Well, Ian, if Paul does not know, who does? The other person would be Tadeki Tani and even though I know him personally, I just can't pick up the phone and call him any old time! :D
Remember that Gabriel Lippmann used panchromatic collodion in his early experiments with intereference color photography. Might be some clues there as well...
I do have a recipe for portrait collodion that involves flowing the plate with a mix of silver nitrate and erythrosine , but as far as I can recall, those were dry plates; and besides, my tropical collodion takes a century to set in the cold weather right now. I'll get a green and yellow filter today and try a nore systematized approach.
OK, after two days of exasperation and failure, I think I have found the optimal solution and the answer to whether or not a blind emulsion can be made ortochromatic post-coating is YES, it is possible.
The factor I had been missing was the TIME that the film soaked in the solution. I had been putting in too much dye in the emulsion and consequentially it acted as a desensitizer and actually brought the overall speed down. So, today, using a solution with a minimal amount of erythrosine and various soaking times I found the optimum for the emulsion I'm using.
I also tried to incorporate a yellow filter into the emulsion with limited success. I was using tartrazine as the yellow dye, but it let too much blue and violet in. So as a 'color screen' as described in older texts I made a collodion filter, which was then stained yellow with the same dye and seemed to let just the right amount of blue and violet in. I have access to a flatbed scanner and I'll try to scan some comparison shots in a minute.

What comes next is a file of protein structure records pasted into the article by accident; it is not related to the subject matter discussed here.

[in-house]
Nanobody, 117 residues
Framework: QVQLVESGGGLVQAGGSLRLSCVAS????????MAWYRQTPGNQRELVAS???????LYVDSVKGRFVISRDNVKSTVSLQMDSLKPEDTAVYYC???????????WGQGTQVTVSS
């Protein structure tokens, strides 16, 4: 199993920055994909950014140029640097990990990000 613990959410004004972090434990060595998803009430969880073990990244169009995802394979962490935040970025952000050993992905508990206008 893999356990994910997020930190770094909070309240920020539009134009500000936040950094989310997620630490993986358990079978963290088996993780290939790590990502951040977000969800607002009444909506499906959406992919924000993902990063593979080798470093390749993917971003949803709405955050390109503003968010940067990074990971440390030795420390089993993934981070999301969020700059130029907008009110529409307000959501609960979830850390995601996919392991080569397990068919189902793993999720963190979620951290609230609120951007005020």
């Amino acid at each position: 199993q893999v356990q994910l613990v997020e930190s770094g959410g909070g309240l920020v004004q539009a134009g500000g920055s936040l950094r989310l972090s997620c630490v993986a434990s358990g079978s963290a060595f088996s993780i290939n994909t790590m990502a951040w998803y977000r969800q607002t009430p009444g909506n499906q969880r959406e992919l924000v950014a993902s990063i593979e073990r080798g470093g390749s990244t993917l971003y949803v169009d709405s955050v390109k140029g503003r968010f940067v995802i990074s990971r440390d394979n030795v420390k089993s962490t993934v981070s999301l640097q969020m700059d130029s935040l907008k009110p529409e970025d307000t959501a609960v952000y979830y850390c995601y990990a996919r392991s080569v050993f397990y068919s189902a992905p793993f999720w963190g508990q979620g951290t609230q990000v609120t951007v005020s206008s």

??, here's what I have done. 6x6 cm Negatives were exposed in a Durst M707 enlarger using a 500W floodlight and then developed for a fixed amount of time( approx 3 min) in Ilford ID78 diluted 1+3.
All images were scanned without tweaks and only auto levels were applied.
It seems that the fog levels rise, possibly because of the ammonia, and the contrast is lower. I'll try a 1-5% KBr bath after before development to see it it will cut base fog levels a bit while keeping the speed.
Ammonia preliminary bath: 1 part 10% NH3 solution + 20 parts water
Ammonia + Erythrosine bath: 1part 10% NH3 + 10 parts 0.003% (300mg per 10 l) eythrosine solution
Erythrosine + Tartrasine solution: 1 part erythrosine + 50 parts tartrasine + 6000 parts H2O + 3000 parts Ethyl Alchohol
All solutions were @ 15C due to extreme cold weather and inability to adequately heat the DR
here's a color snapshot of the objects
a crop from the above images in the same succession( left to right, top to bottom)
PS: the setup may seem ridiculous but that's all I could do :P
With a blue or ortho film, the reds should show up as virtually black. If they do not, it is hard to say things are working, but my guess is that it is.
my speculation is that without a filter the reds from the little printed spectrum are showing up due to a substantial amount of blue and near UV light reflected from the paper. Tomorrow I'll do a test with no sensitization and a yellow filter to confirm. Also, in the cropped version I just added, you can see the reds of the little semicircle do not show up in the unsensitized version.
Very impressive mon frère!
I'm definitely watching with interest..
Try a UV filter!